To go to the summit from the harbour you should take Abbey Street. When you come to the church, take the road on the left of the church, Thormanby Road. Follow the road for about 15 minutes till you come to an inn, Summit Inn. Turn left after the inn and walk on a few minutes and you will be at the summit. If you don’t want to walk up to the summit there are buses going along the main road.
If you chose to walk the Upper Cliff Walk it will end at Upper Cliff Road which will soon take you back to Thormanby Road. Maybe you will see the sign on your way up and take this way instead.
The summit is the highest top above Howth with an altitude of 171 metres and from here you have a great view over Dublin Bay (if the weather is nice). When I first came there it was not possible to see much, but as I came back it was clearer and I recognised Dalkey Island and the pointed peak I had seen from Killiney Hill in the south (the Wicklow Mountains).
There is a parking lot and a map showing the Upper- and Lower Cliff Walks. Because of the weather I chose to walk the Upper Cliff Walk and ended up back on Thormanby Road, so I walked the path back up to the summit as it had only taken about 20 minutes.
The path of the Lower Cliff Walk is narrow (and closer to the edge of the cliffs) and as this was a rainy and very windy day it was too slippery to take that way.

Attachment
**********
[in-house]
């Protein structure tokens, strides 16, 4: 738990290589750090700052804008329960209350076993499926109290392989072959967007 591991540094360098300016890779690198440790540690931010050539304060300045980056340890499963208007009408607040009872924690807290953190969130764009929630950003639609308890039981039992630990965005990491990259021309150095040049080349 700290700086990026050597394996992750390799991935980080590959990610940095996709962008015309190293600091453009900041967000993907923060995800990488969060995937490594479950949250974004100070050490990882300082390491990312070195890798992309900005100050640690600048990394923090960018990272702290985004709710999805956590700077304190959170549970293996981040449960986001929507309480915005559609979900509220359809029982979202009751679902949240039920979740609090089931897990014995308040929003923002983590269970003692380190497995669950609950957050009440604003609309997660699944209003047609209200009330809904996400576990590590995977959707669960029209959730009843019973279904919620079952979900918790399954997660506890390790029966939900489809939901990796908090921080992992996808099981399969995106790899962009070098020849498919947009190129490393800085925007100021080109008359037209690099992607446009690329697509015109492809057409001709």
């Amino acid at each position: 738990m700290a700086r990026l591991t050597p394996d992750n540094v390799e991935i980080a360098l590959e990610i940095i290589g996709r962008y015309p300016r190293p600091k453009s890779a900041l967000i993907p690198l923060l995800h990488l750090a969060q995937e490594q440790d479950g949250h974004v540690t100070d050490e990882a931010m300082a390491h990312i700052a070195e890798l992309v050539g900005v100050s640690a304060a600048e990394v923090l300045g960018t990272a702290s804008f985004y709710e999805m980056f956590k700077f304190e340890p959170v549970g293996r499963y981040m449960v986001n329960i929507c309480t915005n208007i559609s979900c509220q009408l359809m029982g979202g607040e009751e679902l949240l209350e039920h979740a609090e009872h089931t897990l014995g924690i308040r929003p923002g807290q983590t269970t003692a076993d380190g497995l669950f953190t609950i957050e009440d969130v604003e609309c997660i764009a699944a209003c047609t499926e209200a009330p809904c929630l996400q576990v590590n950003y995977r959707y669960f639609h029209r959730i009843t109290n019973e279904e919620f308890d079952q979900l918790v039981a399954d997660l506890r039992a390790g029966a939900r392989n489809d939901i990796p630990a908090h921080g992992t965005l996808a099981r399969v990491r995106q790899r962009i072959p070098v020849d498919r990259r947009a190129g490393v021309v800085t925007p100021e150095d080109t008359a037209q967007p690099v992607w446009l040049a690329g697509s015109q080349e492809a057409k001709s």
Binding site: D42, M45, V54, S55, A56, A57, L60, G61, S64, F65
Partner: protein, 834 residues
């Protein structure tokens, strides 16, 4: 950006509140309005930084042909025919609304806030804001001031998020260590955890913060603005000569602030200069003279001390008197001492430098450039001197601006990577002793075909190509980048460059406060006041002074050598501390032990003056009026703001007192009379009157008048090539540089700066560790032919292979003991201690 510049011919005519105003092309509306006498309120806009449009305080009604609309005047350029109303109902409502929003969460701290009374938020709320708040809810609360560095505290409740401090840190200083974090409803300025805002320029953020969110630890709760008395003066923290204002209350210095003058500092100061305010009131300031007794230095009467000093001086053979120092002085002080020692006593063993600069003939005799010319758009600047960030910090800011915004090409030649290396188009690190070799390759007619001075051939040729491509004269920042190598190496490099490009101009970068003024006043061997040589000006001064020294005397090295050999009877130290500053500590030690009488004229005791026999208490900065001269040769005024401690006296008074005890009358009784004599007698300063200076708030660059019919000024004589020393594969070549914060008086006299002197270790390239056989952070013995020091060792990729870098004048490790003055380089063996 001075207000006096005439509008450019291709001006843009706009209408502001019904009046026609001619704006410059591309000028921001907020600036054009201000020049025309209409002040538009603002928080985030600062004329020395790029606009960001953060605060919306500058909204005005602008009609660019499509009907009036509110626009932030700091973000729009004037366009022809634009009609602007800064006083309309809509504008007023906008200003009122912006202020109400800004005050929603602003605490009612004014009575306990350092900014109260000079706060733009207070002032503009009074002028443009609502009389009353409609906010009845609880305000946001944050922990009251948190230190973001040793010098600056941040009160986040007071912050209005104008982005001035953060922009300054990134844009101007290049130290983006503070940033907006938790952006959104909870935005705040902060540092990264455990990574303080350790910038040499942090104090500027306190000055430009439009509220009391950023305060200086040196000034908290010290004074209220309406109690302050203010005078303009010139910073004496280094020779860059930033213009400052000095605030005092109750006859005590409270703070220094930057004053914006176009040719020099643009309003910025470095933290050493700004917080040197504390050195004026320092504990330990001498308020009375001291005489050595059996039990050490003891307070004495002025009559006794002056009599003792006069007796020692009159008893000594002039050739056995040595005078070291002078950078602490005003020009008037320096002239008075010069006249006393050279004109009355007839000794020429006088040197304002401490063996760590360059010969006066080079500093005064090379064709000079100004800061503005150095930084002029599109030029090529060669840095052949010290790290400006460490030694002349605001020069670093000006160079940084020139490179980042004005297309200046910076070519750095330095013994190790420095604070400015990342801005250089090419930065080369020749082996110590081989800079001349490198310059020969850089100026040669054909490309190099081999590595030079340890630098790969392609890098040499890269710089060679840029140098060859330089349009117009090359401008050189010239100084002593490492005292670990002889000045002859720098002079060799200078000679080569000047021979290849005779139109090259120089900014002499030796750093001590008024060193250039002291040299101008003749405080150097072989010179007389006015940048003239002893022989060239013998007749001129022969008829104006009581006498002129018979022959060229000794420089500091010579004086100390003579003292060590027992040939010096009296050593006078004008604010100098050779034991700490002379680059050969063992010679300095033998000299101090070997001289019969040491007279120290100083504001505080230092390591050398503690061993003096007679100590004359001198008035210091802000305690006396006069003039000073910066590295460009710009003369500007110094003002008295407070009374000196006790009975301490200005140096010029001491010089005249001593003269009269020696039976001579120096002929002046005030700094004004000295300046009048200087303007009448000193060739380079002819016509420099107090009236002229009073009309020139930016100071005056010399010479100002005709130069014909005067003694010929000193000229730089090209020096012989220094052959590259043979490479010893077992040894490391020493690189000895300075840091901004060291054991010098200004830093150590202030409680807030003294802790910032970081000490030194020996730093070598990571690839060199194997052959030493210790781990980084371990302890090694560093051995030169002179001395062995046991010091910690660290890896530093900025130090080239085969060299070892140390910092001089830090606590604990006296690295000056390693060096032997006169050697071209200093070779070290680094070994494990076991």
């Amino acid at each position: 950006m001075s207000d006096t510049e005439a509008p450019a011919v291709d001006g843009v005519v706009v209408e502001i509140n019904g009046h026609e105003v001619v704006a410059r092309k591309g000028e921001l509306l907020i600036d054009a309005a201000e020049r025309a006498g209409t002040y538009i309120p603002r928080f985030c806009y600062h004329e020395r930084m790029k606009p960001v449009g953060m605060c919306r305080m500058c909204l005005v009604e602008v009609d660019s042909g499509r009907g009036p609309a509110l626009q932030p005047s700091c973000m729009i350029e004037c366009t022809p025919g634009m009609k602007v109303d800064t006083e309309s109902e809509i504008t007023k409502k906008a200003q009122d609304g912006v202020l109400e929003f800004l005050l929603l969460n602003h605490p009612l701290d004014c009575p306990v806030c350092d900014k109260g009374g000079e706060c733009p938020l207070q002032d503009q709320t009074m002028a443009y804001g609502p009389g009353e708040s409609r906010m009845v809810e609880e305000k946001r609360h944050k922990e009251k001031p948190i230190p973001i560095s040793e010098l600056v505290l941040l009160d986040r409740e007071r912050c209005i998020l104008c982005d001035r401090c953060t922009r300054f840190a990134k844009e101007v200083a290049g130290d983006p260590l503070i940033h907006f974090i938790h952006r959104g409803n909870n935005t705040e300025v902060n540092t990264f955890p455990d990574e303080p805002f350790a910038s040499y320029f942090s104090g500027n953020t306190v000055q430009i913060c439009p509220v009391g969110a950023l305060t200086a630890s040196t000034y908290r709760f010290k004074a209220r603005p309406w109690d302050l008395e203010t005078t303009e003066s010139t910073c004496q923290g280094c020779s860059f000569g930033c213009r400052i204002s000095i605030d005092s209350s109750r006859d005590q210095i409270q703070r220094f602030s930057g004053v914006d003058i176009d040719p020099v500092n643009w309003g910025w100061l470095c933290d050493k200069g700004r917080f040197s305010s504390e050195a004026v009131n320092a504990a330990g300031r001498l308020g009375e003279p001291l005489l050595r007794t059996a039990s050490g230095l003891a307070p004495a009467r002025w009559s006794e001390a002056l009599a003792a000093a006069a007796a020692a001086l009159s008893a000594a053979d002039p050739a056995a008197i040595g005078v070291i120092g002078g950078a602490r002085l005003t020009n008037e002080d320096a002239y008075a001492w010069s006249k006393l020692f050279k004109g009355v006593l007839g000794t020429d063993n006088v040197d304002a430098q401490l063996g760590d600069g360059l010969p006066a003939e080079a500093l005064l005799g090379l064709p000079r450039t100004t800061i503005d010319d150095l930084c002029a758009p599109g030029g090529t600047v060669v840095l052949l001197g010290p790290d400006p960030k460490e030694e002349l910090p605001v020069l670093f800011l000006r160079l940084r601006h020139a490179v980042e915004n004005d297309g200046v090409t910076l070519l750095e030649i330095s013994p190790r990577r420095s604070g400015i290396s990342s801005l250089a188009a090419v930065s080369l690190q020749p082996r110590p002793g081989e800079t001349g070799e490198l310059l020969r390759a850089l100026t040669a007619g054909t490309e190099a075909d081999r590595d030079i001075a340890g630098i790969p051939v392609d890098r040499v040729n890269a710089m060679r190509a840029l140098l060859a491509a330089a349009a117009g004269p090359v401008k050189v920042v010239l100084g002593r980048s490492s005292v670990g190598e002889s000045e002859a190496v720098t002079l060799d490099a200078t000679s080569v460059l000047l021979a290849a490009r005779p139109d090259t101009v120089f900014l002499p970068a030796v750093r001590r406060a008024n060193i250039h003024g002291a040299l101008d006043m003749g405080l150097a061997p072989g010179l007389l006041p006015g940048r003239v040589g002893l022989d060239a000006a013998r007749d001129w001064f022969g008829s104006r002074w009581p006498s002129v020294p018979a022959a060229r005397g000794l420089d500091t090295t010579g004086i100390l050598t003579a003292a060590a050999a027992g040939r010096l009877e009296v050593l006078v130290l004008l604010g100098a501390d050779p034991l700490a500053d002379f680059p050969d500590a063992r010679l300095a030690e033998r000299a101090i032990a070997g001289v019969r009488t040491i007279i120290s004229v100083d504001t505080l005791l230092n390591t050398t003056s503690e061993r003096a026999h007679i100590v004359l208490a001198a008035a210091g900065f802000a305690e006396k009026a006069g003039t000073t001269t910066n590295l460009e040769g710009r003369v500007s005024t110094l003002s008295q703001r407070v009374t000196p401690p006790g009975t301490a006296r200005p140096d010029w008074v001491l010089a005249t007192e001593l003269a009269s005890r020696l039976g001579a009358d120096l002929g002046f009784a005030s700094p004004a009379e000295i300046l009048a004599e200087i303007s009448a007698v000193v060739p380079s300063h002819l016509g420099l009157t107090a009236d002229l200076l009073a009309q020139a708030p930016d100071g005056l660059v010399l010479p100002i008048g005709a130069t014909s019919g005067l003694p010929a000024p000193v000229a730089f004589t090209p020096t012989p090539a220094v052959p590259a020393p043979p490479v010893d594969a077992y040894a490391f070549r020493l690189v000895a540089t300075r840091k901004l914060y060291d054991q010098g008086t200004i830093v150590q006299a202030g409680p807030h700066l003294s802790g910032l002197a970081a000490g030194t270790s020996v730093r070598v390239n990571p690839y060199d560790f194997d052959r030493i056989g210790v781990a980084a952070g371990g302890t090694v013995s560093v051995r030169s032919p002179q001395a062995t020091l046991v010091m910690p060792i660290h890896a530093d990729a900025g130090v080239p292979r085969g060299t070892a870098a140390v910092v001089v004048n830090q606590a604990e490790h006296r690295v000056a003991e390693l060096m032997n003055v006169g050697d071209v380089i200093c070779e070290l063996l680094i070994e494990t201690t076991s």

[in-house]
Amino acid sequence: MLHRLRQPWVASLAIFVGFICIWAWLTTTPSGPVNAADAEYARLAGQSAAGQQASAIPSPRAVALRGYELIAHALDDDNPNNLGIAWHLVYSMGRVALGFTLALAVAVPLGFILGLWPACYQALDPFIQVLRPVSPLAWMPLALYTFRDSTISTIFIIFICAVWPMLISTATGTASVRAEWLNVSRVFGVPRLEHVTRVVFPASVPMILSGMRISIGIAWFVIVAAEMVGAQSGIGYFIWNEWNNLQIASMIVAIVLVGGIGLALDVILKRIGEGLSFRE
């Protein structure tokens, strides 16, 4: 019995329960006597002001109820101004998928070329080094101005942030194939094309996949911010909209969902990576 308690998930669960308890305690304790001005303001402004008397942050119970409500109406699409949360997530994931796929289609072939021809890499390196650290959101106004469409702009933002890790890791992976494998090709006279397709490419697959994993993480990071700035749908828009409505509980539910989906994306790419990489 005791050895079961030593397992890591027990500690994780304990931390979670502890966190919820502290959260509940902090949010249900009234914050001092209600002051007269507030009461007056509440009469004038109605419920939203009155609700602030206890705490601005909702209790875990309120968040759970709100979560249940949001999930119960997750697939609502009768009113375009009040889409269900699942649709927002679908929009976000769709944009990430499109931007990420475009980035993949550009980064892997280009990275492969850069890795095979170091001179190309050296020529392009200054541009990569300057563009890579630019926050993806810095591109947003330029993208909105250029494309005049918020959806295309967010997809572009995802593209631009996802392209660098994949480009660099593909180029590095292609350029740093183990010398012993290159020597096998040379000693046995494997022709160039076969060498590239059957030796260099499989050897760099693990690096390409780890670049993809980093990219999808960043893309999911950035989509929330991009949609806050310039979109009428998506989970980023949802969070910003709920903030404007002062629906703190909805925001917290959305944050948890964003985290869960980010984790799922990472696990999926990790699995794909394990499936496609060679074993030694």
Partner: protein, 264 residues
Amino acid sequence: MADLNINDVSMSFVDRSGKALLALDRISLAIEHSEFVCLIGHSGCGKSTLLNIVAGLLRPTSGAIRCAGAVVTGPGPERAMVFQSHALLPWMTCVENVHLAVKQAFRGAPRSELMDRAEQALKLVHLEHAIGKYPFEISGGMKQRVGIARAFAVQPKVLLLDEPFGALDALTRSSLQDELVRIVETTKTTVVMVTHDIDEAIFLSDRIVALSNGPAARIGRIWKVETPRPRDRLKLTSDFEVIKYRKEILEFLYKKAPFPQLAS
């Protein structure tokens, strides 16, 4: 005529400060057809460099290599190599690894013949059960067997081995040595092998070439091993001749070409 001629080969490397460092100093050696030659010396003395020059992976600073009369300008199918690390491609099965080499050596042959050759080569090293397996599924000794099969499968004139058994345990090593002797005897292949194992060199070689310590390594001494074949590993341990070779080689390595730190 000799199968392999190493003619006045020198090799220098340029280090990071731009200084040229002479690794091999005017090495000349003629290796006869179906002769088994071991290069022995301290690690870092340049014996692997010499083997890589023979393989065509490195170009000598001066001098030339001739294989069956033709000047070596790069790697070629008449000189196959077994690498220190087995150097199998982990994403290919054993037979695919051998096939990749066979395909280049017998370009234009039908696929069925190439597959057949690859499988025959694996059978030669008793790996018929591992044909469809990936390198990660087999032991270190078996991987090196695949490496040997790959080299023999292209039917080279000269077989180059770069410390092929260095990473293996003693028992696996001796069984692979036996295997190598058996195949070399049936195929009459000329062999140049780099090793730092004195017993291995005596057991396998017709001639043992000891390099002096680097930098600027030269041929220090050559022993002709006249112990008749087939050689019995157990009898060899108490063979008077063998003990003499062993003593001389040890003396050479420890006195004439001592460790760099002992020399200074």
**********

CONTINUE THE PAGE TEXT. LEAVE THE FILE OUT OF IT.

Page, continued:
It was a very strong wind, my cap flew off my head (but luckily I could catch it) and it was sometimes difficult to keep the hands steady for taking pictures. It rained and then it was suddenly sunny, then it rained again and then the sun came again. The weather changed very quickly.
Howth Head dominates the landscape around Howth and you can climb up there to the "nose of Howth". Personally I didn't have the time or energy so I just admired from a distance!
Howth also has a castle although I didn't find it. And, as well as Irelands Eye, you can see out to the island of Lambay whcih was one of the first places in Ireland to be attacked by the Vikings.
Apparently some people pick this spot as their "final destination", "last stop before heaven", "ultimate view" in life, and I must say, there are worse places!
We didn't go all the way to the back of Howth Head, but I found it impressive to look at.